WEST LAFAYETTE — For a young basketball team, it is important that constant improvement occurs. The Michigan women’s basketball team has lost seven games in a row and has struggled with turning the ball over and poor shooting from the field. In yesterday’s 60-43 loss to Purdue, the team shot just 28 percent while turning the ball over 25 times.
But while the team dropped to 0-4 in the Big Ten and 4-11 overall, it has seen development in its play.
In many of its previous games, including losses to Western Michigan and No. 6 Michigan State, opposing teams played different zones that affected the Wolverines’ offensive flow. Against Purdue’s man-to-man defense, Michigan was able to utilize its dribble penetration to create scoring opportunities.
“We really thought we did a great job, especially in spurts offensively, of dribble penetrating,” coach Cheryl Burnett said. “We created some really nice things for us that we haven’t done a great job up to now: dribble penetrating and making the next pass.”
With the backcourt driving to the hoop, Michigan produced easy scoring opportunities for freshman forward Ta’Shia Walker. Walker led the Wolverines with 20 points on 8-of-14 shooting from the field. Many of her attempts were within a few feet of the hoop — high percentage shots that she has shown she can convert on.
Going into the season, the coaching staff knew the lack of size would hurt the team’s rebounding. But the Wolverines also figured they could improve steadily in that department through hard work and effort. And despite Purdue starting four players who measured over six feet, Michigan still out-rebounded the larger Boilermakers 35-34, including nine-to-five off the offensive glass. Three of Purdue’s offensive rebounds came on one possession in the second half.
“I thought, offensively, we rebounded really hard, more than we did before,” Walker said. “We knew that they were athletic and quite bigger than us. But rebounding is not about that. It’s about effort. We just said that everybody had to go after the boards.”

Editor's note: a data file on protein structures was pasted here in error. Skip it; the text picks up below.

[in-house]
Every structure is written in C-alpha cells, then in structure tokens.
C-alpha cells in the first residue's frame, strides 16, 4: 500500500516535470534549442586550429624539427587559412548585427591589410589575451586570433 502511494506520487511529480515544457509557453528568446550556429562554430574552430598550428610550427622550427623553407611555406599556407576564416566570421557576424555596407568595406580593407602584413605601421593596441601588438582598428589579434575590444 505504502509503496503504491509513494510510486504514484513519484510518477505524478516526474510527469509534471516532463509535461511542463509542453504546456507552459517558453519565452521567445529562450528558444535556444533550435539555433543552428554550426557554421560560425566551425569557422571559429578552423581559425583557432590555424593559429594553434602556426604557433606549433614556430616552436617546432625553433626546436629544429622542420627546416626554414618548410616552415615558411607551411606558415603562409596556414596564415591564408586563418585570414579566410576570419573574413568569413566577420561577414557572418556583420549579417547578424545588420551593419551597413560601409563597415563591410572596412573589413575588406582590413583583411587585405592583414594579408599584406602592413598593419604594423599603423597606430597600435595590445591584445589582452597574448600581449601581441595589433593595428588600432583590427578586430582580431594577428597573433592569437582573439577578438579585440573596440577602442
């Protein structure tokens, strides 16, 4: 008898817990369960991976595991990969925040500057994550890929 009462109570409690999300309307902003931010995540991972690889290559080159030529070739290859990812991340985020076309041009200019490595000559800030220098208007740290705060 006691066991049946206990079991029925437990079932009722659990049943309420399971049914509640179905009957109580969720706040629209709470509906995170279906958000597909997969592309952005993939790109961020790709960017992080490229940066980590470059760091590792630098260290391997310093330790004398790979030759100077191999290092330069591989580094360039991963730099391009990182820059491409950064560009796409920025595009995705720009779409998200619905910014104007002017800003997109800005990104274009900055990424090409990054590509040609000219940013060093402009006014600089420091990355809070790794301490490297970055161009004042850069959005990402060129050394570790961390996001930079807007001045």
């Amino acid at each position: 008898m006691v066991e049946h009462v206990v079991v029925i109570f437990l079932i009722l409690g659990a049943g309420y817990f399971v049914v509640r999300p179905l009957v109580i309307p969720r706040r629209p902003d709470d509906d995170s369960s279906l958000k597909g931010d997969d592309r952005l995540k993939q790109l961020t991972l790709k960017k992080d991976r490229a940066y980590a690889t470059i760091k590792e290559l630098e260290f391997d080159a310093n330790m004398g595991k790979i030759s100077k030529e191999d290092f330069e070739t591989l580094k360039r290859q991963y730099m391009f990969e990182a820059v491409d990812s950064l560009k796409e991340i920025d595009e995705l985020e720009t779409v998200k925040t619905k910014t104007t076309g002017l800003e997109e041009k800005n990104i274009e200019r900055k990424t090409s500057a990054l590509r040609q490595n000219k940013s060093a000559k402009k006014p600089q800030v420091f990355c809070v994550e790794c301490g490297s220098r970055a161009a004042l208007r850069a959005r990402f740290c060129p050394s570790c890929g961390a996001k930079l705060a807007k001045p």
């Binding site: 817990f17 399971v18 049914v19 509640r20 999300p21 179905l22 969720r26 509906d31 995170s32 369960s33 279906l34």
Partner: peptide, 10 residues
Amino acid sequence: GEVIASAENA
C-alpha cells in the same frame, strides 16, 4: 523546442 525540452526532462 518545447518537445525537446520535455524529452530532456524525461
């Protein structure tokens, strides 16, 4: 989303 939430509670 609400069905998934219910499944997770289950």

With its offense struggling, Michigan had to step up its play on defense throughout the game. For the most part, the Wolverines were able to contain Purdue, which shot 42 percent from the field.
Michigan’s smaller guards — freshmen Becky Flippin and Krista Clement — pestered Purdue’s guards all afternoon, trying to keep the ball out of the hands of sophomore forward Erin Lawless. The Wolverines contained her for most of the first half, limiting her to four points. But they couldn’t contain the 6-foot-2 forward all game, and she netted 12 points in the second half.
“I thought they did a great job getting Lawless back in the game, specifically isolating her,” Burnett said. “We allowed her to catch the ball.”
The Wolverines need a more consistent defensive showing, but yesterday’s game showed the improvement they have made over the course of the early conference season.
While Michigan ultimately lost the game, it hopes that the adjustments it made will carry over into its future games, including Tuesday’s matchup against No. 9 Ohio State.
“I think we are just progressing everyday and getting better everyday,” senior forward Tabitha Pool said.